Skip to main content

Intel promises enthusiast gaming GPU to take on AMD and Nvidia in 2021. It's a ray tracing three-way

Intel's chief architect with Xe tile
(Image credit: Intel)

Intel is preparing an Intel Xe graphics architecture for gaming. Known as Xe-HPG, and announced by Raja Koduri during today's Architecture Day, the new microarchitecture variant of Intel's discrete graphics will sit as an amalgam of low-power and big data chips and feature real-time ray tracing acceleration.

After a year of contrary information on whether Intel would be building a gaming chip out of its upcoming GPU architecture, it has now confirmed that it will with Xe-HPG. We don't know a great deal about the architecture just yet, only how it relates to the known configurations of Intel Xe.

The Intel Xe microarchitectures are as follows:

  • Xe-LP - Low-power GPU with up to 96 EUs. Launching within Intel Tiger Lake.
  • Xe-HP - Intended for datacentre use, and scalable from single to four tile configurations. Launching 2021.
  • Xe-HPG - The new gaming architecture. Expected to be scalable to beyond a single tile and will feature support for GDDR6. Launching 2021.
  • Xe-HPC - Intended for use within supercomputers, such as the Aurora supercomputer planned for 2021.

What we know so far of Xe-HPG is that it will blend the "good performance/watt" from Xe-LP, the "scale from Xe-HP for a bigger configuration", and the "compute frequency optimisation" from the datacentre-grade Xe-HPC microarchitecture. One would assume that means the possibility of a multi-tiled GPU that strings together more and one single Intel Xe GPU tile. 

Intel has confirmed that the Xe-HP architecture will use this tiled approach to function as a "multicore GPU", and so we suspect the same may be said for some configurations of the Xe-HPG architecture.

"At Architecture Day, Intel demonstrated Xe-HP transcoding 10 full streams of high quality 4K video at 60 FPS on a single tile," the company's press release reads. But how that will translate to gaming performance we cannot say for sure just yet. There are a great deal of factors that need to be taken into consideration before we can make any accurate guesses as to shipping performance.

Intel Xe lineup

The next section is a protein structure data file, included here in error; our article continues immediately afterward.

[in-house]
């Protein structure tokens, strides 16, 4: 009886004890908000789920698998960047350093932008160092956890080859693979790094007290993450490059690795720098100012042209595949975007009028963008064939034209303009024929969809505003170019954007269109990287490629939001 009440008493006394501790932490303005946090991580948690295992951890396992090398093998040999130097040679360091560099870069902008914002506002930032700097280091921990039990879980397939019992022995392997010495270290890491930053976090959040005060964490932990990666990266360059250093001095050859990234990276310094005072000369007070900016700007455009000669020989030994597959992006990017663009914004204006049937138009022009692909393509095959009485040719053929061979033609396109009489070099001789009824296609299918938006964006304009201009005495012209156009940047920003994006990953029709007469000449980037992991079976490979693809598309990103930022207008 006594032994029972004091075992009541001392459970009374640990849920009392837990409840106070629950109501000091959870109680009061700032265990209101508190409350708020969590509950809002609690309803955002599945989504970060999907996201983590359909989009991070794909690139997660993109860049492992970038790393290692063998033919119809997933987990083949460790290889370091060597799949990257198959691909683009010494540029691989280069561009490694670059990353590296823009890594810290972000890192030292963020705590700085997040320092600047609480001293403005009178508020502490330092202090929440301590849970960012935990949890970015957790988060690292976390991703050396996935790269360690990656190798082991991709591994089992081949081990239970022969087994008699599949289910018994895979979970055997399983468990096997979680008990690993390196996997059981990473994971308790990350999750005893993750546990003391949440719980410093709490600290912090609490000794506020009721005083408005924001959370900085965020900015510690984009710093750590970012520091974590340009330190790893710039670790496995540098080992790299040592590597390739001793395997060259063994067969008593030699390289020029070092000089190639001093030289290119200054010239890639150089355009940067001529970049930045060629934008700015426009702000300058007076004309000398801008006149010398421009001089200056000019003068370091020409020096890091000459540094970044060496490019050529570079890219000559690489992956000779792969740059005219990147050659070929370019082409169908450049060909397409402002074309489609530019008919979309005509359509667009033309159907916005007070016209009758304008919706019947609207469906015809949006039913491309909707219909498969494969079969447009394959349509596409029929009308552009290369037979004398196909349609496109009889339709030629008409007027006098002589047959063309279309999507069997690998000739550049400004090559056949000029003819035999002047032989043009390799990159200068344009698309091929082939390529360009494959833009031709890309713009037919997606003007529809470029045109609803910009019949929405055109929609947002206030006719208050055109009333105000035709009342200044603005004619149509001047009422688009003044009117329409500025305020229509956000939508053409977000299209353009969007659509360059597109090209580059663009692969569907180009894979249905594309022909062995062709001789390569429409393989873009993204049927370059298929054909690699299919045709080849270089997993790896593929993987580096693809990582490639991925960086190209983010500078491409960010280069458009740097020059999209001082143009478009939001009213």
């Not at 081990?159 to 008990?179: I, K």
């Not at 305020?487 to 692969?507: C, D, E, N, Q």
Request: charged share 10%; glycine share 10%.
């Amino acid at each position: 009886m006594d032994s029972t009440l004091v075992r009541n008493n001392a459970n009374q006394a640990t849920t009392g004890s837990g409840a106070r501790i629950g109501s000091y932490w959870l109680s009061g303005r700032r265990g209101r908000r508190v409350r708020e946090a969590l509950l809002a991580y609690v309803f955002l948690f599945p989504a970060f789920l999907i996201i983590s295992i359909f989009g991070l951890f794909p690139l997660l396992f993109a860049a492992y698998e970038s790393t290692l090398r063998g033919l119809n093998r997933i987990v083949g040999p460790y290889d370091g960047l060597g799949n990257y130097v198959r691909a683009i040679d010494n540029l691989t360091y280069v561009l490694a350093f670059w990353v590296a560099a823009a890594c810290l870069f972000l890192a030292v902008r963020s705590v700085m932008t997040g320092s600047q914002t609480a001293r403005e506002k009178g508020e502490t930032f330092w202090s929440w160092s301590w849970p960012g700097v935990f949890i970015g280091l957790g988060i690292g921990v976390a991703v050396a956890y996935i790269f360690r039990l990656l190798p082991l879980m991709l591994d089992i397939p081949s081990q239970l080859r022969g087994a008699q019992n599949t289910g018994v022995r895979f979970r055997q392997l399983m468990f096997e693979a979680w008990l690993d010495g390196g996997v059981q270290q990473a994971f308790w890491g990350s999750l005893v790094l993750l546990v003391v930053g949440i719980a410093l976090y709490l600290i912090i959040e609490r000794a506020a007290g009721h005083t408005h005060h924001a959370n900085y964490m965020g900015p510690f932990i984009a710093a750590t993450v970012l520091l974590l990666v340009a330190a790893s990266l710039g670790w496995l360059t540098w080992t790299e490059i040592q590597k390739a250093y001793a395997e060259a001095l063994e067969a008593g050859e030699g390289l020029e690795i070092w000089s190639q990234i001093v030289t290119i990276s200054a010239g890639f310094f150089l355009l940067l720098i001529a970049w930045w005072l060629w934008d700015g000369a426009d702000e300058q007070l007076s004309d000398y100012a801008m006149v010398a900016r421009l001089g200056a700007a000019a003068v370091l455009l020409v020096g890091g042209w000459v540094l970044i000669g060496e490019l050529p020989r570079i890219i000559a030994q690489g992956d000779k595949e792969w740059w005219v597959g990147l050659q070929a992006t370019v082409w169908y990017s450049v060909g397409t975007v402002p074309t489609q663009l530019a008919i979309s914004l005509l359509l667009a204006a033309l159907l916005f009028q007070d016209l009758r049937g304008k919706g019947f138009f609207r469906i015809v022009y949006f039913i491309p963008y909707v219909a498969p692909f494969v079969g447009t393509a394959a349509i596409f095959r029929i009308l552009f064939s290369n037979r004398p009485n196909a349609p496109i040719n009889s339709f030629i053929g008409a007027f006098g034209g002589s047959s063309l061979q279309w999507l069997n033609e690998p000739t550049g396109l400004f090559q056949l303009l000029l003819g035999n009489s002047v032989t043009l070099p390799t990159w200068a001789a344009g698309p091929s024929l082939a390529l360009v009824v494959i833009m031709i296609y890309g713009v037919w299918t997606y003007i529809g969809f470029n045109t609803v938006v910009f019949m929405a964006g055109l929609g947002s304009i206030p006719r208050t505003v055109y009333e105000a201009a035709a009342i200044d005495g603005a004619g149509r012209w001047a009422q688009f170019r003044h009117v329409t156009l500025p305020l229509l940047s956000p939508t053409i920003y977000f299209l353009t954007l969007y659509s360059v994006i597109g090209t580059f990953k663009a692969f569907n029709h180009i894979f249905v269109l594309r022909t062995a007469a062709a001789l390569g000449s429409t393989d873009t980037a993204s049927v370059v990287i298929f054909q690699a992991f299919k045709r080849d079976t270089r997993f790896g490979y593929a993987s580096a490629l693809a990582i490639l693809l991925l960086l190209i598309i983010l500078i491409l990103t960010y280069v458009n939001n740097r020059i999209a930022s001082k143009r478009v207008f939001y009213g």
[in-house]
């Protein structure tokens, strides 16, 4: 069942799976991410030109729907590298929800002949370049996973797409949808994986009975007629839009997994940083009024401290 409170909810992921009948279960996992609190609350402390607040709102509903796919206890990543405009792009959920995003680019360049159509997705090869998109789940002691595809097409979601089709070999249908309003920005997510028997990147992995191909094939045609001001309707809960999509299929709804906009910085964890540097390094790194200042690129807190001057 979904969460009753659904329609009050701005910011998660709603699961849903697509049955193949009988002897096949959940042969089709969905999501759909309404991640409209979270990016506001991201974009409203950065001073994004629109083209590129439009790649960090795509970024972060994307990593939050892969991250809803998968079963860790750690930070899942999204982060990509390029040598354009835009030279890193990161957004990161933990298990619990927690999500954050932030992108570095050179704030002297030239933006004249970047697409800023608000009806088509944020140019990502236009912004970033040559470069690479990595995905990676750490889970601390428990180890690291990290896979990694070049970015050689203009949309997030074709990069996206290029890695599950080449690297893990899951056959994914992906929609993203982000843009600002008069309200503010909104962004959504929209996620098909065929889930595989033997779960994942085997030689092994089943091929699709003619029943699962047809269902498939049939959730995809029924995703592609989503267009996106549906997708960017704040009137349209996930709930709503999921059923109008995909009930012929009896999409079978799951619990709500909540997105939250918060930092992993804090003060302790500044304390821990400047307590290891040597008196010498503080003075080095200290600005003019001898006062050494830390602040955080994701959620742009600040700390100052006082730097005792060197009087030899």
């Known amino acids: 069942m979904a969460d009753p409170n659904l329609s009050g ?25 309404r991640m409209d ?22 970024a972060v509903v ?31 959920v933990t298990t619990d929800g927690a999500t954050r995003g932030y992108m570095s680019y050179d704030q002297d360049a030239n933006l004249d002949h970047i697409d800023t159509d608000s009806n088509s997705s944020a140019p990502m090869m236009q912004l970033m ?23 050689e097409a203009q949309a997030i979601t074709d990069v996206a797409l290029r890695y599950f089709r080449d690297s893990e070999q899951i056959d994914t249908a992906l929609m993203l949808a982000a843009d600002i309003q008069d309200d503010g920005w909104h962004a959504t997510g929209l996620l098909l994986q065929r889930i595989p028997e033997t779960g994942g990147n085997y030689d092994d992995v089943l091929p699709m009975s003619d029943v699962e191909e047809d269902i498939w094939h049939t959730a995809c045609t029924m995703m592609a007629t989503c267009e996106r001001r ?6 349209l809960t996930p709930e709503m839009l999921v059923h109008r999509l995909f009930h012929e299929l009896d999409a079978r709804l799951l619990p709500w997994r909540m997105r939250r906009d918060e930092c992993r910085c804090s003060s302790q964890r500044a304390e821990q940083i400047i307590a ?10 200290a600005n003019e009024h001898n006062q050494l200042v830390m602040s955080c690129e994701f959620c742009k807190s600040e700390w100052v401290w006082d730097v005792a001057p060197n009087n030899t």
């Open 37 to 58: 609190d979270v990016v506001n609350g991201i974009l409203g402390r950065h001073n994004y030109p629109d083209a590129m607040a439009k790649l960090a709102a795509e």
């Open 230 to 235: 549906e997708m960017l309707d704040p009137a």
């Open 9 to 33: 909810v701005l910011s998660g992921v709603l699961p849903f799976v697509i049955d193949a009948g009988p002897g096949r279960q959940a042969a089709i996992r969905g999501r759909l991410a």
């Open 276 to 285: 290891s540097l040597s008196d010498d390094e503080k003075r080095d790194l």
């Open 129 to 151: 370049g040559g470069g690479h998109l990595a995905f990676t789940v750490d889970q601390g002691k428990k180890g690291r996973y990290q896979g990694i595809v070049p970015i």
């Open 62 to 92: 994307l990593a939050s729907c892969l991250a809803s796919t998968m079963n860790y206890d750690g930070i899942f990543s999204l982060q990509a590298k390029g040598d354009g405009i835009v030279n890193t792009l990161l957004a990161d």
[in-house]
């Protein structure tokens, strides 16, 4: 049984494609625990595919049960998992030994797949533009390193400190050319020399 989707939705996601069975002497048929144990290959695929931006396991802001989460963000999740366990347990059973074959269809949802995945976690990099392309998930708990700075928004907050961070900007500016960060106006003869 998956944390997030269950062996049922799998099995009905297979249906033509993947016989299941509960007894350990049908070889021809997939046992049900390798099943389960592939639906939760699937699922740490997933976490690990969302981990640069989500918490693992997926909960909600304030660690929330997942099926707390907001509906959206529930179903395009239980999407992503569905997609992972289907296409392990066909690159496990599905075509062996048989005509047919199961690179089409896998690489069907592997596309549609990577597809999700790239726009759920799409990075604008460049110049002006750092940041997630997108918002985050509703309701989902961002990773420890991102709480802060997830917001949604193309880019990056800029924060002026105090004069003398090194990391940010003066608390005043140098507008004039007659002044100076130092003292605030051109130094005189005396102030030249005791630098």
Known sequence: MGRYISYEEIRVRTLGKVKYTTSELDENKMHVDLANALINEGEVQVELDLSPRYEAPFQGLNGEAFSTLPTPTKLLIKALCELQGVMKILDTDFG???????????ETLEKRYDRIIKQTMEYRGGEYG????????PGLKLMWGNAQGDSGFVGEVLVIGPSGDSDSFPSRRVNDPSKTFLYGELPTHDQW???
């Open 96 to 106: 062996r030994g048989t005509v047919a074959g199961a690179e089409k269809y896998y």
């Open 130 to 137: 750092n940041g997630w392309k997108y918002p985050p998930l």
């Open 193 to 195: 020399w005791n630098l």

(Image credit: Intel)

At least we know Intel has an eye to keep down costs. While datacentre GPUs can set you back a pretty penny, gaming GPUs are far more competitively priced. Intel will be shipping Xe-HPG with GDDR6 memory to ensure costs are kept to a minimum.

What's perhaps most surprising is that Intel feels fit to integrate real-time ray tracing acceleration with its first foray into the discrete gaming GPU world. So far only Nvidia's RTX 20-series GPUs support acceleration in silicon, however, we're expecting it to improve on ray-traced performance with the next-gen Nvidia Ampere graphics cards, which we'll hear more about on September 1. 

Similarly, AMD has confirmed support with its RDNA 2 architecture, which is on track to launch before the year's up.

Your next upgrade

(Image credit: Future)

Best CPU for gaming: the top chips from Intel and AMD
Best graphics card: your perfect pixel-pusher awaits
Best SSD for gaming: get into the game ahead of the rest

With Intel's announcement of a purpose-built gaming GPU, 2021 will see a three-way battle for a spot in our gaming PCs.

And it appears all three will be built on TSMC's processes. Intel has confirmed that Intel Xe-HPG will be built using an external foundry, and all signs point towards TSMC. That's the same place AMD and Nvidia currently use for their chips, although Nvidia has also been rumoured to use Samsung for some capacity.

Prior to that, we'll first see Intel Xe within Intel Tiger Lake processors. These will be launched on September 2, 2020, and will come with up to 96 EUs and the brand new 10nm SuperFin technology at the heart of Willow Cove. 

There's a lot to come from Intel in these coming months, and I have to say it's exciting to see it pushing a heap of new product onto the scene.

There's no 'Silicon Valley' where Jacob grew up, but part of his home country is known as 'The Valleys' and can therefore it be easily confused for a happening place in the tech world. From there he graduated to professionally break things and then write about it for cash in the city of Bath, UK.